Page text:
It is important to transfer your baby back to their bassinet, crib, or other safe sleeping space after feeding them in bed, so having a helpers for night feeds can be helpful.

7. Consult evidence-based sources

There are a lot of nursing resources on the internet. You should only consult sources that cite evidence-based nursing information. This includes:

8. Keep nursing support on speed dial

“You don’t have to do this alone, and you aren’t supposed to know how to solve all of your nursing challenges. Keep the phone numbers handy for recommended lactation consultants and nursing counselors.”

9. Join a nursing twins support group

Hearing real-life experiences of parents who have nursed twins is something that is very special. A local health center, nursing organization, or online forum is a great place to join a nursing twins support group.

10. Remember that it’s not ‘all or nothing’

“Everyone has their own definition of nursing success. Being a successful nursing parent doesn’t mean every feeding has to happen at the breast”

Pumping your milk and having someone help bottle-feed your babies might be what makes nursing twins work for you. Supplementing with formula might work best for you too.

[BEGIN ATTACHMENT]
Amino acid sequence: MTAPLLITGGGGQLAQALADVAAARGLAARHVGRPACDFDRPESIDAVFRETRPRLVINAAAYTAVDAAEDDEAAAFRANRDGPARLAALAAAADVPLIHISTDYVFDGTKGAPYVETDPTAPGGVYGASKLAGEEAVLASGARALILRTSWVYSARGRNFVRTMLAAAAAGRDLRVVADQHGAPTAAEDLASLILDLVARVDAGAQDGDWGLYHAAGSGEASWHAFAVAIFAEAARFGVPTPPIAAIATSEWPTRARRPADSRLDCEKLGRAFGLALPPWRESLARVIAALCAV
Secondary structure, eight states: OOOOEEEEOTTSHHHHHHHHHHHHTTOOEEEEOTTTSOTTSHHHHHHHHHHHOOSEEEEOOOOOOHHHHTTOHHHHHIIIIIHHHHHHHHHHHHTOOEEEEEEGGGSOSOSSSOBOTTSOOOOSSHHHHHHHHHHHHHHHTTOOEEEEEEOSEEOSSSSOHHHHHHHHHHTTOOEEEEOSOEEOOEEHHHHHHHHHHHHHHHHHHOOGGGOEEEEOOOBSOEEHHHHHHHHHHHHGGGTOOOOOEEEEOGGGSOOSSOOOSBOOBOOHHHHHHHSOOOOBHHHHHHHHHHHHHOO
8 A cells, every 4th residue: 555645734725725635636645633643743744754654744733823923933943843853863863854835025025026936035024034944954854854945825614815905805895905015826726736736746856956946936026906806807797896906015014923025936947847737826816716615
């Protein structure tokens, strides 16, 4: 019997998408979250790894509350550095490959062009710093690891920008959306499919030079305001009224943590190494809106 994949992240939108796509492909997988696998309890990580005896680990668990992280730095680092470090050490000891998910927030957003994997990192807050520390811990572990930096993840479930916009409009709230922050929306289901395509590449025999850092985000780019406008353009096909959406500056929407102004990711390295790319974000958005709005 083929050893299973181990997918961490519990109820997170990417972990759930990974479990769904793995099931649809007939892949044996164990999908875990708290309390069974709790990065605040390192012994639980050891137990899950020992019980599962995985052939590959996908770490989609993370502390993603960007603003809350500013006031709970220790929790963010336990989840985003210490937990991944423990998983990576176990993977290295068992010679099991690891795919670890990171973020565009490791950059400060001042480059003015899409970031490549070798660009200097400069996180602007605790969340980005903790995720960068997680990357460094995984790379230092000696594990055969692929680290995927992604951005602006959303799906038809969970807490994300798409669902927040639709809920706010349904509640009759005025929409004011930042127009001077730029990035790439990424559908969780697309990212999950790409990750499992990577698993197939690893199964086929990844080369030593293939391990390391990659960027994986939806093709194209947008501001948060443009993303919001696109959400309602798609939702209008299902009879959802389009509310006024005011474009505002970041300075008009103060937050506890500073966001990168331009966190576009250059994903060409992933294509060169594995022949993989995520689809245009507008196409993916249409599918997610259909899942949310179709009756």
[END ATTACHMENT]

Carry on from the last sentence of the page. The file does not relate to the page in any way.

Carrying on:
Every drop counts, and you get to define your success for yourself.

If you feel like nursing twins is impossible, you can take solace in knowing that you are not the only one who has felt this way.

If you feel like nursing your babies is important to you, you can make it work. It is important to educate yourself on breastfeeding basics and to make sure you have experts to call if you need help.

It is important that you have a strong support network in place so you can focus on getting into a good nursing routine with your babies.

“Don’t let others define success for nursing twins. You need to figure out what works best for you and your family. You can do this!”